"Thus with imagined wing our swift scene flies
Thought that rather appropriate as our last correspondence dealt with Equador & Peru - and now we’re in Bolivia & heading for Chile. (That and we are currently watching Loves' Labour's Lost.) Maybe the simple truth of it is that it’s simply been a long time since we last wrote.
Bolivia doesn’t have the beauty of scenery that Peru had (though from what we hear, that will change when we cross the Salar de Uyuni & head for the Laguna’s Colorado & Verde) but the people are lovely. We met plenty of wonderful people in Peru (too numerous to list here) but to be honest to majority were rude, sullen & definitely anti-gringo. On crossing the border at Kasani, immediately the cries of "Gringo" & "Mister" ceased. People started greeting us with "Buenas dias" (or buen dia as the campensinos say here) - a very rare occurrence in Peru. Our feeling about the people of Peru is that the people with an education are wonderful & generous but the majority of the campensinos just saw us as stupid rich foreigners to be ripped off at every opportunity. Of course once you stopped & got chatting with them they were normally just as nice as anyone else but the attitude we were exposed to as we cycled through sometimes was brutal. This is the opposite to most other countries where the people in the countryside were always far nicer than those in the cities. Perhaps it’s to be expected - Peru has had tourism for a long time & when we see the arrogance of some tourists we don’t wonder the locals treat us with such distaste. Saying that Peru is the only country we have sworn we have to return to as there are so many places we wished we’d visited but we ran out of time even though we used our full 3 months that we were allowed.
Our route through Bolivia took us from Kasani to Copacabana on a lousy dirt road (though not as bad as we’d feared from reports from other cyclists). The road itself wasn’t so bad - just every time a Kombi or car went past we spent 2 minutes choking on dust. Copacabana itself wasn’t particularly special but has a famous mudejar (Moorish style) cathedral built to commemorate La Virgen Morena del Lago. The virgin was carved in 1582 & after her instalment in the sanctuary miracles began to be attributed to her & Copacabana became a pilgrimage site - famed for its festivals. I felt it was artificial & tacky & of no comparison to the Moorish Alhambra in Granada. But what we liked was the cha´llas. They adorn the trucks, buses & cars with flowers & banderas, have confetti flung everywhere & the alcohol is poured over the vehicles´ wheels & then they are then sprinkled with holy water. This blessing is to protect them on the highways but I suspect driving lessons might be more beneficial. We wanted to have our bikes blessed but the ceremony was in the afternoon & we were leaving in the morning.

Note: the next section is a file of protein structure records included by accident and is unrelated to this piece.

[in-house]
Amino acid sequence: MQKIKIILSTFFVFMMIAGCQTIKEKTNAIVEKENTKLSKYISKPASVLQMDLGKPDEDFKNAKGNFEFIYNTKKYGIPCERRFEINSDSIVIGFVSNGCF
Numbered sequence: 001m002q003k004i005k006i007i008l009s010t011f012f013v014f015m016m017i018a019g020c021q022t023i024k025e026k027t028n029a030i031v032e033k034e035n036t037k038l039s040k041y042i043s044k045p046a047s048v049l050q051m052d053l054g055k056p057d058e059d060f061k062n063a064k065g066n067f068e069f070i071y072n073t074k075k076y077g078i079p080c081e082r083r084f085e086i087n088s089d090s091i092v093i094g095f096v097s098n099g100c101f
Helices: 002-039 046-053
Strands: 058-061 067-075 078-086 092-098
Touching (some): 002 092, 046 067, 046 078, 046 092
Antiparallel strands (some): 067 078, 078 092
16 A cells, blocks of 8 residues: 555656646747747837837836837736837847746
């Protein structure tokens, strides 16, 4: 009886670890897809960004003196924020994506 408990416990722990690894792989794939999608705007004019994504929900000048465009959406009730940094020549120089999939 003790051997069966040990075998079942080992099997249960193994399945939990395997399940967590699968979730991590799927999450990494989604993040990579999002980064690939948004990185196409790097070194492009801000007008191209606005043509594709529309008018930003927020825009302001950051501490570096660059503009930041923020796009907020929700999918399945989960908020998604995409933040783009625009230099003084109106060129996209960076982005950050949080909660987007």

Whilst in Copacabana we visited the Isla de Sol - considered to be the birthplace of not only Manco Kapa & Mama Ocllo (the 1st Incas) but the sun itself! The island itself was gorgeous but our guidebook misled us again referring to the Templo de Sol as "the only Bolivian example of expert Inca stonework comparable with that of Cusco". What? That pile of stones that we completely missed & had to be re-directed to as we thought it was a natural pile of stones just like any other? Did the authors actually ever go to Cusco? We immediately decided not to visit any ruins in Bolivia if that was the best the country could provide.